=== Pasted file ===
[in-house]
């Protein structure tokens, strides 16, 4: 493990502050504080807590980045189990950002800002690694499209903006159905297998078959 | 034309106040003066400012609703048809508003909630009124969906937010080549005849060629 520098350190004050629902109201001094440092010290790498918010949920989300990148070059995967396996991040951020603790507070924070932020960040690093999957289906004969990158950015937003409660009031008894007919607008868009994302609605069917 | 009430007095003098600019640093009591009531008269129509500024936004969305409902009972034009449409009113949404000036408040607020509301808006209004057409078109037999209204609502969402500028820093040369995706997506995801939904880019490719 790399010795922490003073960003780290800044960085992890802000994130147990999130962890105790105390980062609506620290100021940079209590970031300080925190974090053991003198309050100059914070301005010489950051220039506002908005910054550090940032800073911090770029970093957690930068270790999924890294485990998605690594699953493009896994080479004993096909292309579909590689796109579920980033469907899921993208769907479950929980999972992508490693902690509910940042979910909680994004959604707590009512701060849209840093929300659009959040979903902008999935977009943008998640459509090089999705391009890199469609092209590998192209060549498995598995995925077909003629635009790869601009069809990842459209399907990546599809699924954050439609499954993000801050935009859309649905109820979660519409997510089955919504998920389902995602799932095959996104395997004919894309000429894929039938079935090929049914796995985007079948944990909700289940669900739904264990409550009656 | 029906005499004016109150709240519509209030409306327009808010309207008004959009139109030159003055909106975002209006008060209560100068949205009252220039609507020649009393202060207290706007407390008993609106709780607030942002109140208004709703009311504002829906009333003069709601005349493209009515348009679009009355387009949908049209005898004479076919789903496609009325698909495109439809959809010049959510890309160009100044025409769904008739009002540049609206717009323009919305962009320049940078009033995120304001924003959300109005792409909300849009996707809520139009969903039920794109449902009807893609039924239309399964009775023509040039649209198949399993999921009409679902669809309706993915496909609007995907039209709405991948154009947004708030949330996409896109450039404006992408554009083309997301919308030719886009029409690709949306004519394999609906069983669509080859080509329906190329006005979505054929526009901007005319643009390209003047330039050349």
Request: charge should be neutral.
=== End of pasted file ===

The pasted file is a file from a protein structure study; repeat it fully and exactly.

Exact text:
[in-house]
């Protein structure tokens, strides 16, 4: 493990502050504080807590980045189990950002800002690694499209903006159905297998078959 | 034309106040003066400012609703048809508003909630009124969906937010080549005849060629 520098350190004050629902109201001094440092010290790498918010949920989300990148070059995967396996991040951020603790507070924070932020960040690093999957289906004969990158950015937003409660009031008894007919607008868009994302609605069917 | 009430007095003098600019640093009591009531008269129509500024936004969305409902009972034009449409009113949404000036408040607020509301808006209004057409078109037999209204609502969402500028820093040369995706997506995801939904880019490719 790399010795922490003073960003780290800044960085992890802000994130147990999130962890105790105390980062609506620290100021940079209590970031300080925190974090053991003198309050100059914070301005010489950051220039506002908005910054550090940032800073911090770029970093957690930068270790999924890294485990998605690594699953493009896994080479004993096909292309579909590689796109579920980033469907899921993208769907479950929980999972992508490693902690509910940042979910909680994004959604707590009512701060849209840093929300659009959040979903902008999935977009943008998640459509090089999705391009890199469609092209590998192209060549498995598995995925077909003629635009790869601009069809990842459209399907990546599809699924954050439609499954993000801050935009859309649905109820979660519409997510089955919504998920389902995602799932095959996104395997004919894309000429894929039938079935090929049914796995985007079948944990909700289940669900739904264990409550009656 | 029906005499004016109150709240519509209030409306327009808010309207008004959009139109030159003055909106975002209006008060209560100068949205009252220039609507020649009393202060207290706007407390008993609106709780607030942002109140208004709703009311504002829906009333003069709601005349493209009515348009679009009355387009949908049209005898004479076919789903496609009325698909495109439809959809010049959510890309160009100044025409769904008739009002540049609206717009323009919305962009320049940078009033995120304001924003959300109005792409909300849009996707809520139009969903039920794109449902009807893609039924239309399964009775023509040039649209198949399993999921009409679902669809309706993915496909609007995907039209709405991948154009947004708030949330996409896109450039404006992408554009083309997301919308030719886009029409690709949306004519394999609906069983669509080859080509329906190329006005979505054929526009901007005319643009390209003047330039050349």
Request: charge should be neutral.